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Thursday, June 9, 2011

Clones and Recasts

These two terms are often used to describe copies of figures and they are sometimes used interchangeably. But is a clone always a recast? Is a recast always a clone? Perhaps it is clear to most of you what the difference is, but when I first started collecting figures I thought they meant the same thing. So what is a recast? A recast is a newly produced figure made using the original mold. Recasts might vary in color and even plastic type from the original figures, but they are pretty much the same in terms of detail. A clone is also a newly produced figure, but made with a mold that was derived from an existing figure. Because the molds are made using liquid rubber, the resulting mold shrinks a bit once the rubber cures and the figure is removed, resulting in a smaller figure and less detail. Sometimes the mold is produced using a figure that is already a clone, which makes the figure have even less detail. The pictures below illustrate the difference in size and quality of the resulting figures.

The picture above shows a recent recast of a 1970's Japanese Airfix figure to the right of the original figure. Note that while the color and even type of plastic is a bit different, the level of detail remains constant. You can also tell that the same molds were used because the injection points and the seams -where the two halves of the mold meet- are in the same place.

Here we have a clone on the right side of the original figure. Very noticeable difference in size although the level of detail is still fairly acceptable. The injection points and the mold seams are clearly different.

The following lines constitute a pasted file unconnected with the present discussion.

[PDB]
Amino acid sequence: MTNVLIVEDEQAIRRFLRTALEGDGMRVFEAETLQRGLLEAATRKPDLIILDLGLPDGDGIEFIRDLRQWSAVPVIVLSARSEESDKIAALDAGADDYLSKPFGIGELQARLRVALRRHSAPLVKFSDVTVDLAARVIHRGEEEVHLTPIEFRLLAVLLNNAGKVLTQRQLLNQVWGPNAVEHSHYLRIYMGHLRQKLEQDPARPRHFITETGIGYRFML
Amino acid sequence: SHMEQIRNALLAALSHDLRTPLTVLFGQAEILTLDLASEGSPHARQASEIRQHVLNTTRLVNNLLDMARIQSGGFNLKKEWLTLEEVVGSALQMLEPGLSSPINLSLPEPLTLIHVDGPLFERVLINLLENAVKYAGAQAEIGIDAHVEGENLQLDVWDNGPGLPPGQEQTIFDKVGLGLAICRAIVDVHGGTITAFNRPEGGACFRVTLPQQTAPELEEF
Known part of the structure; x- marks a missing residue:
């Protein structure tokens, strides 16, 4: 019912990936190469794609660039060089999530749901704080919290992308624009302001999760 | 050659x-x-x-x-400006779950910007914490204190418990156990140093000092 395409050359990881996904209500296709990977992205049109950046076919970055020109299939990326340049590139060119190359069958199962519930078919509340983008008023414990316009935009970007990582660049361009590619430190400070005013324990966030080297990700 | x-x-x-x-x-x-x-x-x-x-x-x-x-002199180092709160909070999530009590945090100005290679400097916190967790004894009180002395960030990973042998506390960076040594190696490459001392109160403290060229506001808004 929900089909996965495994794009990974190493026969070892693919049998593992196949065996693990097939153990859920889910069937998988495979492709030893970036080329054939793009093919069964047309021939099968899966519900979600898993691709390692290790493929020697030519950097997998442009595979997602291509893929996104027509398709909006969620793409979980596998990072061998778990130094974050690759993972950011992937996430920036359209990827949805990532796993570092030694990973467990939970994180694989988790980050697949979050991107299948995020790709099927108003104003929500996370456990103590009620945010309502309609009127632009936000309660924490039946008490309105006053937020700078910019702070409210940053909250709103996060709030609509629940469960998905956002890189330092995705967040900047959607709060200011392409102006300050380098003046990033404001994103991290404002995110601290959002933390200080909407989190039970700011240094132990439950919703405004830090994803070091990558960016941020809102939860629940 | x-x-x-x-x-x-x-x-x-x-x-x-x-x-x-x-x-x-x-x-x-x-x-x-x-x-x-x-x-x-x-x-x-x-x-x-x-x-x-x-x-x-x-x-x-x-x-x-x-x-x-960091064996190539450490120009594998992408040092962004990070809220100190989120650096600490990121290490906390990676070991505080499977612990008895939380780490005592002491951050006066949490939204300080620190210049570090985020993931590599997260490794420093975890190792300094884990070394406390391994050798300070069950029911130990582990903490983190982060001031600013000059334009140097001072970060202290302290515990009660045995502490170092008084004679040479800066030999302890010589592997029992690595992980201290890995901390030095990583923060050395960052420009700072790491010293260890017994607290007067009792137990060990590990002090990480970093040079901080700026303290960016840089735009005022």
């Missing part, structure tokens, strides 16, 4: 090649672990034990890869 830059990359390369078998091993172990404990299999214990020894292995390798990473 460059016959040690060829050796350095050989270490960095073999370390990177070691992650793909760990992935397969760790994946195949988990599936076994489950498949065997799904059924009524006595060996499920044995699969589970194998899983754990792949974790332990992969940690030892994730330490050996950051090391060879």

Above we have two clones side by side. The one on the left comes from China. The one on the right comes from Mexico. As you can see, not all clones are created equal. The one on the left has lost a lot of detail. It looks like they even had to add back or resculpt the rifle and the hands. What seems strange is that the one on the right is smaller even though it has apparently gone through fewer copies. It might even be a first generation clone based on the level of detail, but perhaps the rubber they used for the molds had a greater shrink factor. The other possibility is that the clone on the left is not a clone derived from an original figure but a low quality resculpting job insipired by the original, with its own new mold.

Here we have all four figures next to each other. One last thing to note is how the clone manufacturers trim back the size of the base. They must be trying to save as much as they can on material costs.
Click here to see pictures of Japanese Infantry in action.

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